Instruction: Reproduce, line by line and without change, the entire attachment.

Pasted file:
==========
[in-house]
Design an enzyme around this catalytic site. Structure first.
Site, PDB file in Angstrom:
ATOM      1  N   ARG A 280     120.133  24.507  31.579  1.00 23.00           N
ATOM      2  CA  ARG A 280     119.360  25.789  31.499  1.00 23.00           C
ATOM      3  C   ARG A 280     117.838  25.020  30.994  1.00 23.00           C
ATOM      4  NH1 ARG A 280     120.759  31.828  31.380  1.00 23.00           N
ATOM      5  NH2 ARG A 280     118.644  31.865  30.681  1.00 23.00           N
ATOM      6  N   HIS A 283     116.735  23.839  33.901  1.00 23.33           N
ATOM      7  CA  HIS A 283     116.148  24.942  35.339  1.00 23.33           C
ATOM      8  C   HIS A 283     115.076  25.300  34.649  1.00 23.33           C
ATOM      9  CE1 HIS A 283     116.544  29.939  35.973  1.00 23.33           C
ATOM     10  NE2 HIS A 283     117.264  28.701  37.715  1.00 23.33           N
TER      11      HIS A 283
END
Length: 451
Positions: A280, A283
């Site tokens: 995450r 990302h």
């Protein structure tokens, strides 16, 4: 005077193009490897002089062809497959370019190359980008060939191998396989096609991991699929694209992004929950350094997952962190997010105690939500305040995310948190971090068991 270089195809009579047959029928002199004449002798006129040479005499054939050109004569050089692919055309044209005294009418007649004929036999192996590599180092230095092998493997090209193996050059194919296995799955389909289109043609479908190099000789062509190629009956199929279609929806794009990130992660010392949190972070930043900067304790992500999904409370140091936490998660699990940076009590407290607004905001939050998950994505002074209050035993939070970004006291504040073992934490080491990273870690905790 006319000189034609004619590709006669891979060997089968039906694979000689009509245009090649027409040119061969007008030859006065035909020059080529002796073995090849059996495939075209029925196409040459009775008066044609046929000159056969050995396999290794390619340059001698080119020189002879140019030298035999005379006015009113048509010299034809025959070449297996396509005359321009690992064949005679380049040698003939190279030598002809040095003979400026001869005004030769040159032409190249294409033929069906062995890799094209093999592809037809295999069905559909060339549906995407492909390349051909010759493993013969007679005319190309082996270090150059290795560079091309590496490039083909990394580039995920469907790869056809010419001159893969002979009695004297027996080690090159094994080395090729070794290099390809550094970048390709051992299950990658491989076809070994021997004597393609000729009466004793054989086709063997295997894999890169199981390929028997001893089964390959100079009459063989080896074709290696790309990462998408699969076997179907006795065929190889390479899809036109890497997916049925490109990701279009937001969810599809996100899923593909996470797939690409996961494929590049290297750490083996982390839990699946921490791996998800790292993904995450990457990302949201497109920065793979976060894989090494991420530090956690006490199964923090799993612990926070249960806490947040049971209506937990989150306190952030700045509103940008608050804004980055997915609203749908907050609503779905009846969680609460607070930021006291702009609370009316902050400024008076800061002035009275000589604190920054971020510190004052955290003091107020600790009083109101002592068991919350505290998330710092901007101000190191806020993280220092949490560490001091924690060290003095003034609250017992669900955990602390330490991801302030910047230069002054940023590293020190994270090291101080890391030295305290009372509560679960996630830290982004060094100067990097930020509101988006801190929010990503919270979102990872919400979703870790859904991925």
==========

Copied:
[in-house]
Design an enzyme around this catalytic site. Structure first.
Site, PDB file in Angstrom:
ATOM      1  N   ARG A 280     120.133  24.507  31.579  1.00 23.00           N
ATOM      2  CA  ARG A 280     119.360  25.789  31.499  1.00 23.00           C
ATOM      3  C   ARG A 280     117.838  25.020  30.994  1.00 23.00           C
ATOM      4  NH1 ARG A 280     120.759  31.828  31.380  1.00 23.00           N
ATOM      5  NH2 ARG A 280     118.644  31.865  30.681  1.00 23.00           N
ATOM      6  N   HIS A 283     116.735  23.839  33.901  1.00 23.33           N
ATOM      7  CA  HIS A 283     116.148  24.942  35.339  1.00 23.33           C
ATOM      8  C   HIS A 283     115.076  25.300  34.649  1.00 23.33           C
ATOM      9  CE1 HIS A 283     116.544  29.939  35.973  1.00 23.33           C
ATOM     10  NE2 HIS A 283     117.264  28.701  37.715  1.00 23.33           N
TER      11      HIS A 283
END
Length: 451
Positions: A280, A283
């Site tokens: 995450r 990302h």
């Protein structure tokens, strides 16, 4: 005077193009490897002089062809497959370019190359980008060939191998396989096609991991699929694209992004929950350094997952962190997010105690939500305040995310948190971090068991 270089195809009579047959029928002199004449002798006129040479005499054939050109004569050089692919055309044209005294009418007649004929036999192996590599180092230095092998493997090209193996050059194919296995799955389909289109043609479908190099000789062509190629009956199929279609929806794009990130992660010392949190972070930043900067304790992500999904409370140091936490998660699990940076009590407290607004905001939050998950994505002074209050035993939070970004006291504040073992934490080491990273870690905790 006319000189034609004619590709006669891979060997089968039906694979000689009509245009090649027409040119061969007008030859006065035909020059080529002796073995090849059996495939075209029925196409040459009775008066044609046929000159056969050995396999290794390619340059001698080119020189002879140019030298035999005379006015009113048509010299034809025959070449297996396509005359321009690992064949005679380049040698003939190279030598002809040095003979400026001869005004030769040159032409190249294409033929069906062995890799094209093999592809037809295999069905559909060339549906995407492909390349051909010759493993013969007679005319190309082996270090150059290795560079091309590496490039083909990394580039995920469907790869056809010419001159893969002979009695004297027996080690090159094994080395090729070794290099390809550094970048390709051992299950990658491989076809070994021997004597393609000729009466004793054989086709063997295997894999890169199981390929028997001893089964390959100079009459063989080896074709290696790309990462998408699969076997179907006795065929190889390479899809036109890497997916049925490109990701279009937001969810599809996100899923593909996470797939690409996961494929590049290297750490083996982390839990699946921490791996998800790292993904995450990457990302949201497109920065793979976060894989090494991420530090956690006490199964923090799993612990926070249960806490947040049971209506937990989150306190952030700045509103940008608050804004980055997915609203749908907050609503779905009846969680609460607070930021006291702009609370009316902050400024008076800061002035009275000589604190920054971020510190004052955290003091107020600790009083109101002592068991919350505290998330710092901007101000190191806020993280220092949490560490001091924690060290003095003034609250017992669900955990602390330490991801302030910047230069002054940023590293020190994270090291101080890391030295305290009372509560679960996630830290982004060094100067990097930020509101988006801190929010990503919270979102990872919400979703870790859904991925």